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Old Games, New Rules? Great Powers in the New Central Asia

Kathryn Stoner

Kathryn Stoner is a Senior Fellow at the Freeman Spogli Institute for International Studies and the Deputy Director of the Center on Democracy, Development, and the Rule of Law at Stanford University.

This is one of eight essays in the book review roundtable on Alexander Cooley’s Great Games, Local Rules: The New Great Power Contest in Central Asia.



In the nineteenth century, the British and Russian empires squared off in Central Asia. Britain was fixated on protecting its colony in India, and worried about political decay and Russian assertiveness in the Islamic areas to the north, particularly Afghanistan and what are now, more or less, the five Central Asian states of Kazakhstan, Turkmenistan, Uzbekistan, Kyrgyzstan, and Tajikistan. For its part, Russia was primarily interested in keeping the peace and gradually expanding its empire among the restive khanates to the south, if not actually going all the way to India. In the end, a war never took place between these two great powers of the day, but an ongoing set of strategic games transpired as Russia and Britain tried to capture enhanced trade opportunities that ran through the Silk Road regions.

Although the players now are a significantly weakened Russia, the United States, and China, the competition between great powers in the nineteenth century parallels the Great Games being played in Central Asia today that are so well documented in Alexander Cooley’s new book Great Games, Local Rules: The New Great Power Contest in Central Asia. One of the great strengths of Cooley’s book is to explain how the interests of contemporary great powers are often thwarted or manipulated by corrupt Central Asian leaders bent on self-preservation. Still, cooperation between Central Asian states and the United States, China, and Russia has been more the norm than the exception, even if the great powers have been unable to dictate outcomes to local authorities.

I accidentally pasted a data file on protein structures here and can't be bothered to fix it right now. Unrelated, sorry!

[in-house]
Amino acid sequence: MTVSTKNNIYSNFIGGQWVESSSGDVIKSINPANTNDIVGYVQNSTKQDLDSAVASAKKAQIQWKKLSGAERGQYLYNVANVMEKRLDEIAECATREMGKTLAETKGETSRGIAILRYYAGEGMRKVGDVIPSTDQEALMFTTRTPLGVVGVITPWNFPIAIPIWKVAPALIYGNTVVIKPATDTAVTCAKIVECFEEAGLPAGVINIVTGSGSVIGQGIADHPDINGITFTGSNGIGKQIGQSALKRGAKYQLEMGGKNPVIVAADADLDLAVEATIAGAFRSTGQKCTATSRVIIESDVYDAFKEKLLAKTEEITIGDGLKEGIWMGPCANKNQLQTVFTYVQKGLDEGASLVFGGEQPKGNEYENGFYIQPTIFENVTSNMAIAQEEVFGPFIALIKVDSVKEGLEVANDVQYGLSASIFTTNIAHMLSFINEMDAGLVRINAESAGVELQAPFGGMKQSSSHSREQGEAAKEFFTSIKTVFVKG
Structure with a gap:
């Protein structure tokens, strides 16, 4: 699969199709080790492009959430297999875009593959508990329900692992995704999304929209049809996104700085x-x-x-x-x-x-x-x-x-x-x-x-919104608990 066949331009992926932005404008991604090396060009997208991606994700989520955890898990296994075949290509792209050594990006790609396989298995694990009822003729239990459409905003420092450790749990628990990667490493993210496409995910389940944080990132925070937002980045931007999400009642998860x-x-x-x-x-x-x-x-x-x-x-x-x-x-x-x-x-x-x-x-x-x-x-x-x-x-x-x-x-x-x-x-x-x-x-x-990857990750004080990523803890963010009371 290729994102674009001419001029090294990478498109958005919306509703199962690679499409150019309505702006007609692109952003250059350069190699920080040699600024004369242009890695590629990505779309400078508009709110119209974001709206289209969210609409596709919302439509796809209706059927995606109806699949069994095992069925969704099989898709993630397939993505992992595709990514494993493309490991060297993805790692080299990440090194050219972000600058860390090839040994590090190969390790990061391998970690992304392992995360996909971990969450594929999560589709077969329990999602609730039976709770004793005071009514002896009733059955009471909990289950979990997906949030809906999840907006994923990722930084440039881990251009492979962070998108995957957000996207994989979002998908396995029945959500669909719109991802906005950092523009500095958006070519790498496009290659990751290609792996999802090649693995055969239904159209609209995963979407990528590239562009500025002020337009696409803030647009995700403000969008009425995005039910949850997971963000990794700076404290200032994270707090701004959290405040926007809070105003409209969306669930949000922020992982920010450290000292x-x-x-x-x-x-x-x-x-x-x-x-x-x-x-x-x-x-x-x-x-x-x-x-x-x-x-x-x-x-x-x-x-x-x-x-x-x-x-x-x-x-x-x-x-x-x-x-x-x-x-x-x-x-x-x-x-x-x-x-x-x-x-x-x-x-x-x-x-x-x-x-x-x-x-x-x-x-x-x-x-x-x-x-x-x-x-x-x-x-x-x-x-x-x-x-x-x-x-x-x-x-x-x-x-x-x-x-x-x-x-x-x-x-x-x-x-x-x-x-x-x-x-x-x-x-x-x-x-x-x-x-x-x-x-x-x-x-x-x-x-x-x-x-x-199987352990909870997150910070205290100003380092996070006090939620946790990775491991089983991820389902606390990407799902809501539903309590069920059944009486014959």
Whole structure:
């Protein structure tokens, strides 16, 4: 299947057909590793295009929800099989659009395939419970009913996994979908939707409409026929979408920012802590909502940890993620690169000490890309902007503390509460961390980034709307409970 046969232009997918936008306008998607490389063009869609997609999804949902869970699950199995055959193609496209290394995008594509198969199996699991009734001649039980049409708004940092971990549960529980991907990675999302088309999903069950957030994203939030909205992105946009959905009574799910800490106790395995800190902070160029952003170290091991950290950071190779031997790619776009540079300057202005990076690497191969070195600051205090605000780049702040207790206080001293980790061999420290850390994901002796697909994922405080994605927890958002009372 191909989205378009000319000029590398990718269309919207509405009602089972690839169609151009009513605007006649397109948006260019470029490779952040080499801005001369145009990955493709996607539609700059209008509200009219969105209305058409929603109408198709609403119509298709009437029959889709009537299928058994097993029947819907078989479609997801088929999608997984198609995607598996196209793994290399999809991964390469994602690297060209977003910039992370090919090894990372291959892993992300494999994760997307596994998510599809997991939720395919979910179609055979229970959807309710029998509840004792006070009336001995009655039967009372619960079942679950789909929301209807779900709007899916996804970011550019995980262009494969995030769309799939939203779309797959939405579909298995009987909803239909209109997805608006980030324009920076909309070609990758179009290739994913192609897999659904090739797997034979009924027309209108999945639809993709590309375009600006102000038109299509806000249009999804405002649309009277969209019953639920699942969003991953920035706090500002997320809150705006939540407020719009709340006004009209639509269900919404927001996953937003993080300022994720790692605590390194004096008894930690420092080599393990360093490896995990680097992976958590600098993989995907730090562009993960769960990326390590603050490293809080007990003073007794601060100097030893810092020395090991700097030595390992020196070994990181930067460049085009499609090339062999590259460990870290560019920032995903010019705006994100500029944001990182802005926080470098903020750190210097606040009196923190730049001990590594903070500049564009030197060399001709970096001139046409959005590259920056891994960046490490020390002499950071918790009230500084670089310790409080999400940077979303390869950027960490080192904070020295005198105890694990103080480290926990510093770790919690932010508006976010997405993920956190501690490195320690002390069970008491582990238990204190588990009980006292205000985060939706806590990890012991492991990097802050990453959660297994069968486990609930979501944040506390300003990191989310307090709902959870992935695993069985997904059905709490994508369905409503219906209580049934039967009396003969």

With the partial exception of Russia, the interests of contemporary players of the Great Game in Central Asia are rather different than those of their nineteenth-century predecessors. The United States has become involved in Central Asia as part of the war on terrorism and U.S. efforts to wipe out the Taliban and al Qaeda in Afghanistan. Russia, the natural successor state to the Soviet Union, has a traditional geostrategic interest in Central Asia and views the region as part of its natural sphere of interest and security. Russia is also concerned with the protection of significant ethnic Russian populations, particularly in Kazakhstan, and perhaps most centrally, control over the region’s lucrative gas and oil markets. China is a relative newcomer to political engagement in Central Asia. Like the United States, its interests are far narrower than Russia’s and are primarily a result of Beijing’s need to stabilize and prevent separation of the ethnically Uighur Xinjiang Province. To be sure, however, all three contemporary great powers are interested in Central Asia to further their own security, as were Britain and Russia in the nineteenth century.